MP-Pistol Forum banner

1 - 10 of 10 Posts

·
Registered
Joined
·
99 Posts
Discussion Starter #1
Hello all,



First let me say that I am very new to pistols. I have gained intrest pistols since shooting my dad's S&W 460 and Ruger P345. I am on the verge of buying a gun of my own, and love the looks and specs of the M&P 45 (especially with a surefire light on the rail
).



With that being said would this be "too much" of a gun for me? I plan on using it for mostly home defense (I don't think it would be good for concealment.) and weekend shooting. Some friends of mine say I should purchase a revovler for a first gun (my wife wants a 637 with Crimson Trace sights, and I do plan on buying her one), while other friends say go for the auto.



What do you guys think?



Thanks in advance



Joe
 

·
Registered
Joined
·
312 Posts
I had my first .45ACP when I was still in my early youth. It didn't recoil nearly as much as I'd been told it would, and with every shooting session it became more familiar.



To be honest, I think the snappy kick of the .40 might affect me more than the shove from the .45, although I'm going by remembrances instead of back to back shooting.
 

·
Registered
Joined
·
122 Posts
You can buy any gun you want. After all, it's your money.

A good choice for a first gun is always a .22 rimfire. The

ammo is cheap. You can buy a brick of 500 for next to

nothing. The reduced recoil will teach you the basics without

causing you to develope a flinch and all of the bad habits

that come with starting out with a big bore handgun.
 

·
Registered
Joined
·
308 Posts
Joe Merchant said:
Hello all,



With that being said would this be "too much" of a gun for me? I plan on using it for mostly home defense (I don't think it would be good for concealment.) and weekend shooting. Some friends of mine say I should purchase a revovler for a first gun (my wife wants a 637 with Crimson Trace sights, and I do plan on buying her one), while other friends say go for the auto.



What do you guys think?



Thanks in advance



Joe


When I joined the military (don't ask...) we all qualified on the 1911. No choices, no questions. I suspect if it was ok for raw 17/18 year olds that never shot a handgun (or any other gun for a lot of them) it will be fine for you to have a .45. The questions you should be answering are how much are you going to spend for ammo, can you afford it? How much time do you plan to spend shooting, can you afford it? A smaller caliber is quite a bit cheaper to shoot. Can you rent one to try out? That would be ideal.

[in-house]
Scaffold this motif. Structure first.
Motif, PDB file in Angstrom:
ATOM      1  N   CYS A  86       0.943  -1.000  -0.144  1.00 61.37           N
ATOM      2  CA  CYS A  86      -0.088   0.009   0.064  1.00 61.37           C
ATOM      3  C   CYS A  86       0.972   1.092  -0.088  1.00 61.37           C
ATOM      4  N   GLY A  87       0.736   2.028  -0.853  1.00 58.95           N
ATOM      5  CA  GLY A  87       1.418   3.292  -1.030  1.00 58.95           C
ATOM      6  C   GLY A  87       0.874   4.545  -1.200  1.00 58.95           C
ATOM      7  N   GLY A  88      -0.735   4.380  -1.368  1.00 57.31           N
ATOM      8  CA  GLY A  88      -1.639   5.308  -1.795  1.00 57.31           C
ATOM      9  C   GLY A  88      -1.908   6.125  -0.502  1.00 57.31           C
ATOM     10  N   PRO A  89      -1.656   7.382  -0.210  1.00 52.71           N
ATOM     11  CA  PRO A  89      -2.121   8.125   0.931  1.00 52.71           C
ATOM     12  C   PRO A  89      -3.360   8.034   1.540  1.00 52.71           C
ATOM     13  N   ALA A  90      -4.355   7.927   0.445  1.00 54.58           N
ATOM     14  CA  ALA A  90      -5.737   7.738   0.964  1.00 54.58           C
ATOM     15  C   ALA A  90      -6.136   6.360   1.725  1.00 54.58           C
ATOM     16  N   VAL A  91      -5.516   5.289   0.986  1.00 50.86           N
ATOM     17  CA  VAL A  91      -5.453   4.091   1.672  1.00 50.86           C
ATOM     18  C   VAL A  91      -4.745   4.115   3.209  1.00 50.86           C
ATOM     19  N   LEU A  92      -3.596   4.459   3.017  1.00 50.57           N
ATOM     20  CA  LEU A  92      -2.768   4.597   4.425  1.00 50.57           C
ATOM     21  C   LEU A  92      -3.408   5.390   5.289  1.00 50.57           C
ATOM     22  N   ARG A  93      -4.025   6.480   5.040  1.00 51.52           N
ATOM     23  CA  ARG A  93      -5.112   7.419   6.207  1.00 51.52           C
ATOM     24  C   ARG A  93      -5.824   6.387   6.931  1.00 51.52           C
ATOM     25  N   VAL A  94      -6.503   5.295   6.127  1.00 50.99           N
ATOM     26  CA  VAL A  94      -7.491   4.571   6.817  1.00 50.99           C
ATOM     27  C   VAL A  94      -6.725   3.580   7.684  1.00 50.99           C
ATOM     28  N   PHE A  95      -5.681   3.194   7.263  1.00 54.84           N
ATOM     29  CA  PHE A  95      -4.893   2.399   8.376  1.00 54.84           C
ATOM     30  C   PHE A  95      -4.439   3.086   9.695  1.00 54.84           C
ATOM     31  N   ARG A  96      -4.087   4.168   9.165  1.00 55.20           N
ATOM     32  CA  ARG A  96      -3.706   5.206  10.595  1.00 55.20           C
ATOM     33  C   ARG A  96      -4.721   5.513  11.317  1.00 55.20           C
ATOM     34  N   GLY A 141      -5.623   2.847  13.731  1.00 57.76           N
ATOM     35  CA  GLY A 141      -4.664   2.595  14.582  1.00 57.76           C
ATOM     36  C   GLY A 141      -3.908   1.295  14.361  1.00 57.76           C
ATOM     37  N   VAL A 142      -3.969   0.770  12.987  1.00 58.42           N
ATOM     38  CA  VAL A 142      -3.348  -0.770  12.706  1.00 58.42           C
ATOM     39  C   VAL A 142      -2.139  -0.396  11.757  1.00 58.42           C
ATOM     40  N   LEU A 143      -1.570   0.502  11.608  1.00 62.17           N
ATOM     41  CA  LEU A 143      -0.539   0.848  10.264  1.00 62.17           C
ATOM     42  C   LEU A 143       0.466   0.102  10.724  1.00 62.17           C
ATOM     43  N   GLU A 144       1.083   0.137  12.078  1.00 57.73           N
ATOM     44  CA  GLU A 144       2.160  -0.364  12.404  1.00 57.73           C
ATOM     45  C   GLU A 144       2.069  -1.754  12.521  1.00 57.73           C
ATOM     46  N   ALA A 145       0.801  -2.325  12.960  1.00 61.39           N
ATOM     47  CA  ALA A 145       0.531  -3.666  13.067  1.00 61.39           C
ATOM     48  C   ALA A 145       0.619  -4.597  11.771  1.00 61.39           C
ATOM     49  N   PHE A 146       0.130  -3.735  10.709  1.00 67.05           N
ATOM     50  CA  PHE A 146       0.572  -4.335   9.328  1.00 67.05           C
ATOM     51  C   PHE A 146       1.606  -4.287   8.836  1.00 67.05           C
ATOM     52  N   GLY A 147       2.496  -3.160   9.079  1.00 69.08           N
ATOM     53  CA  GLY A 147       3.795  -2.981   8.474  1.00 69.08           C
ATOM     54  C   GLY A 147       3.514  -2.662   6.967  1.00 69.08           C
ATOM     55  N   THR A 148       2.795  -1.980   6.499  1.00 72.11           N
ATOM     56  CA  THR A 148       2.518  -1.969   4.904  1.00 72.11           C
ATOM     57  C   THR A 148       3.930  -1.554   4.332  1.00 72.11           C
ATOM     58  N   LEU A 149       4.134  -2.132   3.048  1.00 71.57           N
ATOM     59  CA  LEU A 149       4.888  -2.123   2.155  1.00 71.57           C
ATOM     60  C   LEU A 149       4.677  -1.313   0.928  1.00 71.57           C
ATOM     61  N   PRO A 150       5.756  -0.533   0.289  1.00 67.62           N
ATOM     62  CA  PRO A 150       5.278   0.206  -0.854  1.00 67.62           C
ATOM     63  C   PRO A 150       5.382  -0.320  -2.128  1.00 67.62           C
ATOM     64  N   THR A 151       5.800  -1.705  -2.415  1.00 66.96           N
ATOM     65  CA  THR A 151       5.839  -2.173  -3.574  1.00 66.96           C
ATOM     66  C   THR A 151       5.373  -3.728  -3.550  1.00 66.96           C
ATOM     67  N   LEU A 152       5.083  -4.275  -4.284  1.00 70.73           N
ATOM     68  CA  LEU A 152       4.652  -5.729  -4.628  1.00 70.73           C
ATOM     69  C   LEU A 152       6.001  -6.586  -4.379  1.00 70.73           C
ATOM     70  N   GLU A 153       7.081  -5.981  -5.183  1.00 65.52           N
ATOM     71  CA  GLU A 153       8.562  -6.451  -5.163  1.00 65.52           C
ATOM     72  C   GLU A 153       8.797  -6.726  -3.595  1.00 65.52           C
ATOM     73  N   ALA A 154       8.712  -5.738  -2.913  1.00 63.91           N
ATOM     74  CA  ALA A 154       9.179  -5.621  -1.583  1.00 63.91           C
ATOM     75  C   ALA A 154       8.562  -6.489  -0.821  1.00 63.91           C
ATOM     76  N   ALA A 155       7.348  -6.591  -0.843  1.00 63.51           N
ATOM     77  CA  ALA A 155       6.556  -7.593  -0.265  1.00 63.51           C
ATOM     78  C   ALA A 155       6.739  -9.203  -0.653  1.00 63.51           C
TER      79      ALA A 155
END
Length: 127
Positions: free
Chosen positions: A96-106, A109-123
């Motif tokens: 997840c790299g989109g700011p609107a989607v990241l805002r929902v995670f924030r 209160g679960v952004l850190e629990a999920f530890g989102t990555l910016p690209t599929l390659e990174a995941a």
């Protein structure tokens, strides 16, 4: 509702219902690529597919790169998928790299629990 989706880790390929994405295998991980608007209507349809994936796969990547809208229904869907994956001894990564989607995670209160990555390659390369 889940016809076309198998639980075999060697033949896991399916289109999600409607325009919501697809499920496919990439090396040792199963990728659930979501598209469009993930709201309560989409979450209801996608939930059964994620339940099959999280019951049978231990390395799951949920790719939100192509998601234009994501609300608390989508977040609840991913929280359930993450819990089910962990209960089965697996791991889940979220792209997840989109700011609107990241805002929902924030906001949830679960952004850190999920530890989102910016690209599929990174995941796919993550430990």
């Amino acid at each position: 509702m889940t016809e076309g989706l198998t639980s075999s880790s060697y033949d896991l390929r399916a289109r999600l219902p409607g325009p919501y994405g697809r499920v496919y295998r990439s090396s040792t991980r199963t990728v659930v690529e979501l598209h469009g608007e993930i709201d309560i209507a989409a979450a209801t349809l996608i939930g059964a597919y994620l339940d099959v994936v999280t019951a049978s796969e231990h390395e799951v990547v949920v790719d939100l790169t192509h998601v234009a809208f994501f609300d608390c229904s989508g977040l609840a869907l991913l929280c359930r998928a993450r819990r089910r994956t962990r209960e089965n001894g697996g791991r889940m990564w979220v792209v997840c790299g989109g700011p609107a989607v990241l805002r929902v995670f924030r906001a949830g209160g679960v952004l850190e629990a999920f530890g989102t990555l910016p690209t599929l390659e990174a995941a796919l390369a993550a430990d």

Good luck and enjoy your new weapon, whatever you decide...
 

·
Registered
Joined
·
255 Posts
I think the 45ACP is a decent enough handgun for first-timers. That cartridge does not have the "pop" of rounds with higher charge compression like the .40SW or the .357SIG and carries enough punch so as to be ARGUABLY more suited for personal defense than say the 9mm or .380ACP



It's been my experience -- an experience mirrored by countless others -- that the .45ACP provides more of a "push" in recoil than a snappy "pop" like the fore mentioned cartridges.



In short... buy it. Shoot the hell out of it. Enjoy it.
 

·
Registered
Joined
·
1,316 Posts
The standard answer would be for a new shooter to buy a 9mm. If you really want a .45 the M&P is a soft shooter compared to most. It has more of a push recoil than the snap you get from .40 or even some 9mm rounds.
 

·
Registered
Joined
·
141 Posts
I have both the 9mm and the 45, surprisingly not much difference in recoil. If you have the money to spend on ammo for the 45 go for it, you won't be disappointed. 9mm is much cheaper to shoot though.
 

·
Registered
Joined
·
464 Posts
I have to agree with Broadside.

Millions of men and women have been using the .45 for almost a hundred years. It rocks. I have several and wouldent trade one of em. Your a lil' less likely to kill your neighbor also as it it only goes 850fps and tends to stay in rather than pass thru.
 

·
Registered
Joined
·
35 Posts
I also started out shooting the .45 in the military and it is not as hard a cartidge to shoot as some would have you believe. I can remember when the 1911 guns were shot one handed by soldiers. The grip and stance has changed or become more modern and the .45 is even easier to shoot. I think if you find a good teacher/instructor/school and learn the proper hold/stance/etc , you will be fine shooting the .45acp.You have to do your part no matter what gun you buy.



If you plan to shoot a lot, then reloading is the way to save money to shoot more. The .45acp is a very good cartidge to reload. The .45 is a low pressure cartidge, you can shoot the brass until it splits or gets lost. Of all the cartidges that I shoot, the .45 is my favorite.
 
1 - 10 of 10 Posts
Top